The search for vaccines, treatments and preventive methods against infection by emerging viruses is one of the major challenges of global epidemiology. New pathological agents continue to emerge, such as the arbovirus transmitted by insects (in this case mosquitoes) that causes West Nile fever, named after being identified in Egypt, during the 1950s.
The disease affects thousands of people each year and is asymptomatic in 80% of cases. Roughly one in five infected people develops fever and other symptoms. In fewer than 1% of cases, especially among older people and children, the disease has significant neurological consequences, affecting the central nervous system, causing meningitis, encephalitis, and in extreme cases, an acute paralysis that leads to death. As yet, there are no vaccines against the virus.
First isolated in the West Nile District of Uganda in 1937, the disease did not have much epidemiological relevance until the 1990s. Carried by mosquito-infected migratory birds from Africa, the virus was spread through Europe from France to Russia. It reached North America in 1999 and has caused outbreaks in Canada (1999-2007), the United States (1999-2012) and Mexico (2003). Since then, more than 20,000 cases have been reported in North America, with almost 1,800 deaths.
“West Nile virus hasn’t reached Brazil, but it’s only a matter of time before it does,” said virologist Paolo Zanotto, head of the Molecular Evolution & Bioinformatics Laboratory (LEMB) at the University of São Paulo’s Biomedical Science Institute (ICB-USP) in Brazil. “How long will it take for migratory birds that spend the summer in North America to bring the virus to their winter refuges in Central America? West Nile virus is coming,” said the Brazilian investigator.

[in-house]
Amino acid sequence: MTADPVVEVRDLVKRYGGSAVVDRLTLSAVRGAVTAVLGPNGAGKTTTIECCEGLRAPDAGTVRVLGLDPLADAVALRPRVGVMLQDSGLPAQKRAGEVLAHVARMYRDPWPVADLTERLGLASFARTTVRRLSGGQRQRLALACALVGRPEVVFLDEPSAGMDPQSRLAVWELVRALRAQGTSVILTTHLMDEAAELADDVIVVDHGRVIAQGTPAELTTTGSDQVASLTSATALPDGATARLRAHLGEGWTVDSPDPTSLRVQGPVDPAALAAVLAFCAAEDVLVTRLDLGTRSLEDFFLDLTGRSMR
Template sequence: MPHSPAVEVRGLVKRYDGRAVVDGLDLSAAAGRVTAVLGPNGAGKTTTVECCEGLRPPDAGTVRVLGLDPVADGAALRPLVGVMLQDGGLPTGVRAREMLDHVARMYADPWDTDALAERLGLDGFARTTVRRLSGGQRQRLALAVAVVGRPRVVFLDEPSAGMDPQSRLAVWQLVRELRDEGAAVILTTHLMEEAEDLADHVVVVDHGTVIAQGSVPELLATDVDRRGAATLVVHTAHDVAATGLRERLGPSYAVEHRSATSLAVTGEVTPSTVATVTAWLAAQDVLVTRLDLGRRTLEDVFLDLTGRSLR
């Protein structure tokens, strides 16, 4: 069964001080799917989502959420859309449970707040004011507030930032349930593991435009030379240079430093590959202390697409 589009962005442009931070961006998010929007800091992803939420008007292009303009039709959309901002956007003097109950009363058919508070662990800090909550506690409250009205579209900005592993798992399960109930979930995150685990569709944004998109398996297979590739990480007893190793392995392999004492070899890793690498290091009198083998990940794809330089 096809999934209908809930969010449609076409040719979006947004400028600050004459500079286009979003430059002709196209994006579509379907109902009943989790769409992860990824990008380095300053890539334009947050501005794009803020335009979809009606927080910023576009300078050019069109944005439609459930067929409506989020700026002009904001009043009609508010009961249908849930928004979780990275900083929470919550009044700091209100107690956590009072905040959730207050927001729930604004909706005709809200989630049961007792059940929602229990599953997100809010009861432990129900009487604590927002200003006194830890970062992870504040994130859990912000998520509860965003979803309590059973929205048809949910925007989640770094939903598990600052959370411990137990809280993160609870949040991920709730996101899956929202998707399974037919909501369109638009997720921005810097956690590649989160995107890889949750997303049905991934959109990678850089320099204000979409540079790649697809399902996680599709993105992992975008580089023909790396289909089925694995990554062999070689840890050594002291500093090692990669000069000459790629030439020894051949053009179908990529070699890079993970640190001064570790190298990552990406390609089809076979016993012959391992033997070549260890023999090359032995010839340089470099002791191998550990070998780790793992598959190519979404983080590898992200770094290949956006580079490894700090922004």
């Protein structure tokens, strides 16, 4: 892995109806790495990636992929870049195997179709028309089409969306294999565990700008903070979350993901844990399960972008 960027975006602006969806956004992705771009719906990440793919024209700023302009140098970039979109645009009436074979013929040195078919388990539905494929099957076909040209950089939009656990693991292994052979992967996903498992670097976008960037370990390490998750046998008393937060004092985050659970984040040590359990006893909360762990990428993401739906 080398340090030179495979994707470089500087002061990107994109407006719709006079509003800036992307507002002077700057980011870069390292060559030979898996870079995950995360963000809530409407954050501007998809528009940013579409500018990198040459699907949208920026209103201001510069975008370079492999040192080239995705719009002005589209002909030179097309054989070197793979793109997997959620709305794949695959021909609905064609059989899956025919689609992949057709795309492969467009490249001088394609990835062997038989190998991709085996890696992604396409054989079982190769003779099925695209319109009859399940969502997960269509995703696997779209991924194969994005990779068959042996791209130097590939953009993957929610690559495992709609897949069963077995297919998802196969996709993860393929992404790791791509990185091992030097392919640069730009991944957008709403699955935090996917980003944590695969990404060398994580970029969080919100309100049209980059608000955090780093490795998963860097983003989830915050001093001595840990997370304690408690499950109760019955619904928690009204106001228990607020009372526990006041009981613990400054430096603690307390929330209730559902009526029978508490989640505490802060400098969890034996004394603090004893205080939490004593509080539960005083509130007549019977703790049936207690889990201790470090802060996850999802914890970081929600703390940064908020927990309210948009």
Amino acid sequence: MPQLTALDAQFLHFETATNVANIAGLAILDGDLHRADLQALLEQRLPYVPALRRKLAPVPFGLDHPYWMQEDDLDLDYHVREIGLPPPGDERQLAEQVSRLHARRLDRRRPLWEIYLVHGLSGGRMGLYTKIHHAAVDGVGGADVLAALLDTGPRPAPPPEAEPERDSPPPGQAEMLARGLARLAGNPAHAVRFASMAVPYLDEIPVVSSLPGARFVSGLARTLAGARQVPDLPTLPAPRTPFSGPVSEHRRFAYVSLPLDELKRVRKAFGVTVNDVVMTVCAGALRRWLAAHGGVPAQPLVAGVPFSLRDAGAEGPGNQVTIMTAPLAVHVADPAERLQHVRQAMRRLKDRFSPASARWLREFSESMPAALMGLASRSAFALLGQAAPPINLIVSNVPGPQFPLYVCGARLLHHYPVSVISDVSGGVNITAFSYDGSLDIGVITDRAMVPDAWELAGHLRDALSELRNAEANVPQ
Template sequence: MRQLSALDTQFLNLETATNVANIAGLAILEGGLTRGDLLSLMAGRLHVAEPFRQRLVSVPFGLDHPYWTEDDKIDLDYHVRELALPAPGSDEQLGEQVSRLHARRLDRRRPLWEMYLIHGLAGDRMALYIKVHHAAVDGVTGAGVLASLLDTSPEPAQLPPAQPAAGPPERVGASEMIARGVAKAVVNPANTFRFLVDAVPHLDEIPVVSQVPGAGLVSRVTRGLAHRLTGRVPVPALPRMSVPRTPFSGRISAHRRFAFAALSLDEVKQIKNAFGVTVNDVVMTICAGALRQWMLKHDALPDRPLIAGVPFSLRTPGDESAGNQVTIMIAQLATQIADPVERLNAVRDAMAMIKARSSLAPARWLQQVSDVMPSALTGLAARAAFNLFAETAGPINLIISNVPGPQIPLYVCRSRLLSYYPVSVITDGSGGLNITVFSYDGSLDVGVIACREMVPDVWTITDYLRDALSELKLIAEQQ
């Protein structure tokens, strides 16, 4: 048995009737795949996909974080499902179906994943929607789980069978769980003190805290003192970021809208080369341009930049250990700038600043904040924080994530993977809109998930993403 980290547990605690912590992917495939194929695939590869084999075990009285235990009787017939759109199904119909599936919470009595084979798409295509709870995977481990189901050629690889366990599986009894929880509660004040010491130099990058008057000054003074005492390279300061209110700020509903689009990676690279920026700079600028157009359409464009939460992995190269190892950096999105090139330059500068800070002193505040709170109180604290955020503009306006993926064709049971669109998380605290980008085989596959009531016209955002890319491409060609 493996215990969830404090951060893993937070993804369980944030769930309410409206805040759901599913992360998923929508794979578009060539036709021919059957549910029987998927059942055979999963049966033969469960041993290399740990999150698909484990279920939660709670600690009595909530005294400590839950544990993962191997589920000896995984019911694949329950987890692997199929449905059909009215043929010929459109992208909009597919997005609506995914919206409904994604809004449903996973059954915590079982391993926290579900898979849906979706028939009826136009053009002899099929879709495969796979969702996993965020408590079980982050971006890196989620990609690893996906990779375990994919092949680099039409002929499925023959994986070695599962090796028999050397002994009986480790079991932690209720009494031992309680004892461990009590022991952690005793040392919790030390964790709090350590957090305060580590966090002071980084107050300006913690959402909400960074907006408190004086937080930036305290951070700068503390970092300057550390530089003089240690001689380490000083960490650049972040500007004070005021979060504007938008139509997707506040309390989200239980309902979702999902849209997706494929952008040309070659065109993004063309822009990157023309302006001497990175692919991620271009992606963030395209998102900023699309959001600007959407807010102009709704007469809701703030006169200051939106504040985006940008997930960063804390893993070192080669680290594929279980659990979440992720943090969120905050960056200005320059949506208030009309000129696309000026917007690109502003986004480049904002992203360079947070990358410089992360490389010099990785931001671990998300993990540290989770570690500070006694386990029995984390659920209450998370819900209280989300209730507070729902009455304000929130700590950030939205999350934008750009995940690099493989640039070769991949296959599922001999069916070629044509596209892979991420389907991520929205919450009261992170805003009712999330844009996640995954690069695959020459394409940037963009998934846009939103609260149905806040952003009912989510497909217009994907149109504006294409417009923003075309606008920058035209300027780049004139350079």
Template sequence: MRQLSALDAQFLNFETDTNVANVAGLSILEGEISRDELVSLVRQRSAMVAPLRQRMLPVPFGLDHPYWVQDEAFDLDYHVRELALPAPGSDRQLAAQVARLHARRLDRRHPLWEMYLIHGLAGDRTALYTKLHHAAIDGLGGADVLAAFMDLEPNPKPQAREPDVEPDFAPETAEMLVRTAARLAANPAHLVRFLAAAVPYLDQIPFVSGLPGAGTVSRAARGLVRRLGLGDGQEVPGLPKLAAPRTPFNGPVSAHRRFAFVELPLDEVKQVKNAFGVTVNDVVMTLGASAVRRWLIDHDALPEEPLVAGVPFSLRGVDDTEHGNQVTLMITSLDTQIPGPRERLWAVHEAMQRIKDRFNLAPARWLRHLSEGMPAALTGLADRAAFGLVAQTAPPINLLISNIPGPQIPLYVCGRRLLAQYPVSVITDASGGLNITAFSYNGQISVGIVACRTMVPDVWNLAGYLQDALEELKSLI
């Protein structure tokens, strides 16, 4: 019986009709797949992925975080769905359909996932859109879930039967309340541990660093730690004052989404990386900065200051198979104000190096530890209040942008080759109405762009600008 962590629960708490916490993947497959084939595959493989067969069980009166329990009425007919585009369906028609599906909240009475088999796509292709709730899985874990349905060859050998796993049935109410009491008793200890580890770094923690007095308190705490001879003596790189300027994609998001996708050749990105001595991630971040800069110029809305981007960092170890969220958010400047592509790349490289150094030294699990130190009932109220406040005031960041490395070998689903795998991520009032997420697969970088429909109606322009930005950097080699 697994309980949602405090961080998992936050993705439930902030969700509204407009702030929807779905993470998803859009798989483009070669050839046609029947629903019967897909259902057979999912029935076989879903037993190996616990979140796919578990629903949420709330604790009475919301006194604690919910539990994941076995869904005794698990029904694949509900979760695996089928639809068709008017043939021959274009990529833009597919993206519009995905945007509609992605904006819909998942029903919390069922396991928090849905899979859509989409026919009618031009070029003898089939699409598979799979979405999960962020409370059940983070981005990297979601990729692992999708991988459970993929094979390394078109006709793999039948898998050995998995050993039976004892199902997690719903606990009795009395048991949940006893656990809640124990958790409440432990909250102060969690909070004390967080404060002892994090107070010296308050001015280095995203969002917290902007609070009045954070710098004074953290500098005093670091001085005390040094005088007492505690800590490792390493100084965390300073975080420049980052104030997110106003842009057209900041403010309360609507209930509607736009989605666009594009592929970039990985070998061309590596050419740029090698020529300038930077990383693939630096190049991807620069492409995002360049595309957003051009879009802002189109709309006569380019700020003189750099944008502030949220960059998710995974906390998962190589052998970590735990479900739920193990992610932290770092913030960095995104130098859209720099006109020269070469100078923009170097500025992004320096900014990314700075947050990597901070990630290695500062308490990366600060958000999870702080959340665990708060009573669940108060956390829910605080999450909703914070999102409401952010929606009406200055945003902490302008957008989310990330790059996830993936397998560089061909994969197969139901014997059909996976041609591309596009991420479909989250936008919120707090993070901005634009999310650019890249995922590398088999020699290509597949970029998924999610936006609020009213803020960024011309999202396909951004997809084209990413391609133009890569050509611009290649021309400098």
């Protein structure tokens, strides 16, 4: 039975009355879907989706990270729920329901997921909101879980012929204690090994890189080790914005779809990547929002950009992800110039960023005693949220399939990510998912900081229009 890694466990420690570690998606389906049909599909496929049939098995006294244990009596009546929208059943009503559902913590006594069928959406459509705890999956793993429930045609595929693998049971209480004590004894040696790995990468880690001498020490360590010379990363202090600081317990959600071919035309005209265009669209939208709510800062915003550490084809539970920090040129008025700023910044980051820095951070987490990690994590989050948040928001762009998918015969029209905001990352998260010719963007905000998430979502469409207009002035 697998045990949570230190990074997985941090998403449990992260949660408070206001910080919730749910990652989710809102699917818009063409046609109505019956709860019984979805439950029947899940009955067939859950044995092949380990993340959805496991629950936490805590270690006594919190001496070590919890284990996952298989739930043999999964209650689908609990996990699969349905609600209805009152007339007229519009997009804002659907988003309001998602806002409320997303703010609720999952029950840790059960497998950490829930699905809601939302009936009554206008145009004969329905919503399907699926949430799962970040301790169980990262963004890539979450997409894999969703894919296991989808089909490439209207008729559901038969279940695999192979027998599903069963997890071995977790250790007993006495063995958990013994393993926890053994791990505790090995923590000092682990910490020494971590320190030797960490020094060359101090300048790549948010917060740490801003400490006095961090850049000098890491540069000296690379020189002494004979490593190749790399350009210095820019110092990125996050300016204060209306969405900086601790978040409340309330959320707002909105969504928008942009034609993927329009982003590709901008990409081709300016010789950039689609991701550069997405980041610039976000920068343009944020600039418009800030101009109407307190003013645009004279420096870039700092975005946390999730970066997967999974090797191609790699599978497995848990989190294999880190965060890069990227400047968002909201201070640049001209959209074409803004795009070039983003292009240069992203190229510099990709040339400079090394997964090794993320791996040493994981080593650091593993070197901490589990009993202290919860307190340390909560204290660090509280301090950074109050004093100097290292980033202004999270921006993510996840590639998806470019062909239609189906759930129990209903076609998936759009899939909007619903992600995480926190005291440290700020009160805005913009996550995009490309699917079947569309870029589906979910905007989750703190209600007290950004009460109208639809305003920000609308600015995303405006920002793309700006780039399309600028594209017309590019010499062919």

Hence the importance of a new study that has just been published, with Zanotto as one of its authors. By confirming that one of the acknowledged lineages of the virus – lineage eight – is not very virulent, the work points to the development of a vaccine within a few years: the relatively mild lineage 8 strains could theoretically “teach” the immune system to defend the organism against all lineages, especially the more widespread lineages 1 and 2, as well as 7, the most virulent.
The article is published in PLoS Neglected Tropical Diseases and is the result of collaboration among virologists at Institut Pasteur de Dakar in Senegal, the University of São Paulo and the Federal University of São Carlos, São Paulo State, Brazil. The study was supported by the Sao Paulo Research Foundation – FAPESP, Brazil’s National Council for Scientific & Technological Development (CNPq) and the European Union.
This immune defense strategy is similar to that used by flu vaccines, which combine the most recent strains of the influenza virus to combat the “flu of the year”, always caused by an emerging strain to which humans have not developed immunity.
Along with his PhD student Nicholas Di Paola, who has a scholarship from FAPESP, Zanotto is one of the authors of the article describing their study of the biological and phylogenetic characteristics of West African lineages of West Nile virus.